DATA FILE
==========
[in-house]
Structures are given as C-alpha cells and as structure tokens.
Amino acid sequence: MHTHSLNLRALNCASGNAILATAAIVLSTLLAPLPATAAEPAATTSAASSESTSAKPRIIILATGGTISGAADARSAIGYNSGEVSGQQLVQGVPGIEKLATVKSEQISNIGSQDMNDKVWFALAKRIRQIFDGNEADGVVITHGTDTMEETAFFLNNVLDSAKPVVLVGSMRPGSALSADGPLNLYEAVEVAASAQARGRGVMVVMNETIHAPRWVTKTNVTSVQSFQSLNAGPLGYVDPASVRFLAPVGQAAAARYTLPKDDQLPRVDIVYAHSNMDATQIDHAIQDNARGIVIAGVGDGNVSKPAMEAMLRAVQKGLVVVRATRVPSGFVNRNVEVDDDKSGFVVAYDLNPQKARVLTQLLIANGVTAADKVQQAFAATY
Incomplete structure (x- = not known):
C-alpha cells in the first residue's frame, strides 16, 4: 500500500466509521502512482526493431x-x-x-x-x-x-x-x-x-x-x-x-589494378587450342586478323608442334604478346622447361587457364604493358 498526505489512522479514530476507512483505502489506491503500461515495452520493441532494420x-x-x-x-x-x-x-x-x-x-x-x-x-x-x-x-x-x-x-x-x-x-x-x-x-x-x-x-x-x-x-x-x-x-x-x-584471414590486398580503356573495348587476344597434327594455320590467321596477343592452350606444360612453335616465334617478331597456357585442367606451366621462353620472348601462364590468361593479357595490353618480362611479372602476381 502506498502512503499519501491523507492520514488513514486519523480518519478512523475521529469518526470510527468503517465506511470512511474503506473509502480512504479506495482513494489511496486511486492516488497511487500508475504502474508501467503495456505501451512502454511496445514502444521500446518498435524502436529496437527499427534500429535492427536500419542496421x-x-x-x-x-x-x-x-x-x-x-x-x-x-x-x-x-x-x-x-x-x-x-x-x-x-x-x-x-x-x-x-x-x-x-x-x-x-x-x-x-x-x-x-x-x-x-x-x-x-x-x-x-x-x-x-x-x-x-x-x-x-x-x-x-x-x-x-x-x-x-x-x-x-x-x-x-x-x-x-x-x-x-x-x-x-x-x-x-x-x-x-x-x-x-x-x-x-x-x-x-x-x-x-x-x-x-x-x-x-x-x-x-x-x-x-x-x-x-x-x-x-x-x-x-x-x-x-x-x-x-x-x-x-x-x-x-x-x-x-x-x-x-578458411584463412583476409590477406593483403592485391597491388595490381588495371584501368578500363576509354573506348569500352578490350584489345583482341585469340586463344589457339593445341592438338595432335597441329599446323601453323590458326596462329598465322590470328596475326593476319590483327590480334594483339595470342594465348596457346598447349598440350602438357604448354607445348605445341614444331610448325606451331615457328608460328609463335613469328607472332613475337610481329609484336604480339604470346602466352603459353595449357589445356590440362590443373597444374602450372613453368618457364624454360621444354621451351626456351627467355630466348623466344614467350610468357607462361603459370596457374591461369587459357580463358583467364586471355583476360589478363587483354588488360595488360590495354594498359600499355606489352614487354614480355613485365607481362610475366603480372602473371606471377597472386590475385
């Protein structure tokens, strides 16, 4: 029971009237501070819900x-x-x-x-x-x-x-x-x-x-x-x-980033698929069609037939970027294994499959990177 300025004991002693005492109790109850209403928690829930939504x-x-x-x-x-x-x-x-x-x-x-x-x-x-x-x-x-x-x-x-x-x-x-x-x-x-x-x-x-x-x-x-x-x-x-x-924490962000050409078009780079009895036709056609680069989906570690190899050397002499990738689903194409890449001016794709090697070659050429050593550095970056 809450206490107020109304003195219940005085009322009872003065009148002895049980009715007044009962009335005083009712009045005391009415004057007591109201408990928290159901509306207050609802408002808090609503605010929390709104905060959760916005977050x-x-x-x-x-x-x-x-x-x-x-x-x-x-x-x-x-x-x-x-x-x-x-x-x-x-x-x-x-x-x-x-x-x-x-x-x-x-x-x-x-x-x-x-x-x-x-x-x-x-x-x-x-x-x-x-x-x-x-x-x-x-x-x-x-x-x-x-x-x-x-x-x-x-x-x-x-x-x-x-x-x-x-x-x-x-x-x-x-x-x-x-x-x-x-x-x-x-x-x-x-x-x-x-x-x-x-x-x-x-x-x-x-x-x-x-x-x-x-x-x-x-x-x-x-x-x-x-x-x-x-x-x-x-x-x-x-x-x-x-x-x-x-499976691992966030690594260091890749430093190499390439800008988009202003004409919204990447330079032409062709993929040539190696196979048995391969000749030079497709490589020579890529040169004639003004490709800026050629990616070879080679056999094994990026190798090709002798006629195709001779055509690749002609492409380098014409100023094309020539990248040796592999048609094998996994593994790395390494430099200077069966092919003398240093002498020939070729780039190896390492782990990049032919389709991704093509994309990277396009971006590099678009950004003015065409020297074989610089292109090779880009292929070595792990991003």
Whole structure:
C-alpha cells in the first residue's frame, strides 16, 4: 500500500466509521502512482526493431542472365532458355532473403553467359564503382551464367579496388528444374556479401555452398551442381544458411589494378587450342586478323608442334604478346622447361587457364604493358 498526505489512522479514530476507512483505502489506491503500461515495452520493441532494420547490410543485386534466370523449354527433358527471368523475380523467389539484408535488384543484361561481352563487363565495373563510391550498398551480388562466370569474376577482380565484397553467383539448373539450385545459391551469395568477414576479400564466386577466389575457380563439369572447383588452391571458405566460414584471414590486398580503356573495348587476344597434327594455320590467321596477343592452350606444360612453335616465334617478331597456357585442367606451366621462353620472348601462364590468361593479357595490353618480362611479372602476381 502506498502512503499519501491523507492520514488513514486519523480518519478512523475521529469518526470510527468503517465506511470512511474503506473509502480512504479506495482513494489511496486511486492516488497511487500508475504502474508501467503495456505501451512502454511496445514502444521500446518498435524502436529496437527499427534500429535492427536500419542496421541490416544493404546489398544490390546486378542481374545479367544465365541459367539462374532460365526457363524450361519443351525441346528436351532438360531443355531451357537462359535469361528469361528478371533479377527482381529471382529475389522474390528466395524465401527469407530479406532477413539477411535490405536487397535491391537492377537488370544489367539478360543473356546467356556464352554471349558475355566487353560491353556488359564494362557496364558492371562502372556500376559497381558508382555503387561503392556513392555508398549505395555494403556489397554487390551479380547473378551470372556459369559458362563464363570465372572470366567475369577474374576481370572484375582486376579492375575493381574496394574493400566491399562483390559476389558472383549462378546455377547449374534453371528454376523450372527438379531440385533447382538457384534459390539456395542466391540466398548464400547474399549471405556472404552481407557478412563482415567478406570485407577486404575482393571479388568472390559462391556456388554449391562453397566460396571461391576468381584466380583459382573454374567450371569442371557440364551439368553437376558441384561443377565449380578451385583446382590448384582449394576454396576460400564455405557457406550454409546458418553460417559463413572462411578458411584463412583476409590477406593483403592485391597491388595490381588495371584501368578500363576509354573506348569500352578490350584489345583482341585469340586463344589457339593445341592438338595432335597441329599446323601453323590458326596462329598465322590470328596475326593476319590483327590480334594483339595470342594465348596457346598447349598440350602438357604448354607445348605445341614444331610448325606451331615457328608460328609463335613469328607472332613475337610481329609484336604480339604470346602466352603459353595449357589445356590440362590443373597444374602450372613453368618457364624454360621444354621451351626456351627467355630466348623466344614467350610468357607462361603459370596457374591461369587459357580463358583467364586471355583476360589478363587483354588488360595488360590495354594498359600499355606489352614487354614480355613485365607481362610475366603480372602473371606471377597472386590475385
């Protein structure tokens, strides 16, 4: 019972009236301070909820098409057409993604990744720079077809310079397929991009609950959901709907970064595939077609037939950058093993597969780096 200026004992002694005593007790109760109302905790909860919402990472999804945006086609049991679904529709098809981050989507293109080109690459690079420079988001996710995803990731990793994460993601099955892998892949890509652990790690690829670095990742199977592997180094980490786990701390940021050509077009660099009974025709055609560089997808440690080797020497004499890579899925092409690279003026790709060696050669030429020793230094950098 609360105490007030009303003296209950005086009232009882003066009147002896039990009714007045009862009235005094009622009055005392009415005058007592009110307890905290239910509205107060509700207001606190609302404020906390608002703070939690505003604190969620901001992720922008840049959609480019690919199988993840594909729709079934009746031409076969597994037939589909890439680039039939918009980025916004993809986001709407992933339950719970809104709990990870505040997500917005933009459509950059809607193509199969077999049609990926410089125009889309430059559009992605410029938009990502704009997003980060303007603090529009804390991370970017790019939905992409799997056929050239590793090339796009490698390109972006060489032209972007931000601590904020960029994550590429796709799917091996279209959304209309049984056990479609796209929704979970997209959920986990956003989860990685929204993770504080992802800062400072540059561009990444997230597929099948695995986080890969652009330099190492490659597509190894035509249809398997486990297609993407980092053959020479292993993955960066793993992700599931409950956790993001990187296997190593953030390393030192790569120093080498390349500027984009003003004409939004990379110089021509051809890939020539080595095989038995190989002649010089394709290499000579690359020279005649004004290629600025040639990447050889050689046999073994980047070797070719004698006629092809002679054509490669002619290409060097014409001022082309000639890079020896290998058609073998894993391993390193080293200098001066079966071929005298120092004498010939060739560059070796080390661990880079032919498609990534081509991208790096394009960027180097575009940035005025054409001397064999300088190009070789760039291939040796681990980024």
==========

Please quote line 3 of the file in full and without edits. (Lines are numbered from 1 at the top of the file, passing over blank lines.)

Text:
Amino acid sequence: MHTHSLNLRALNCASGNAILATAAIVLSTLLAPLPATAAEPAATTSAASSESTSAKPRIIILATGGTISGAADARSAIGYNSGEVSGQQLVQGVPGIEKLATVKSEQISNIGSQDMNDKVWFALAKRIRQIFDGNEADGVVITHGTDTMEETAFFLNNVLDSAKPVVLVGSMRPGSALSADGPLNLYEAVEVAASAQARGRGVMVVMNETIHAPRWVTKTNVTSVQSFQSLNAGPLGYVDPASVRFLAPVGQAAAARYTLPKDDQLPRVDIVYAHSNMDATQIDHAIQDNARGIVIAGVGDGNVSKPAMEAMLRAVQKGLVVVRATRVPSGFVNRNVEVDDDKSGFVVAYDLNPQKARVLTQLLIANGVTAADKVQQAFAATY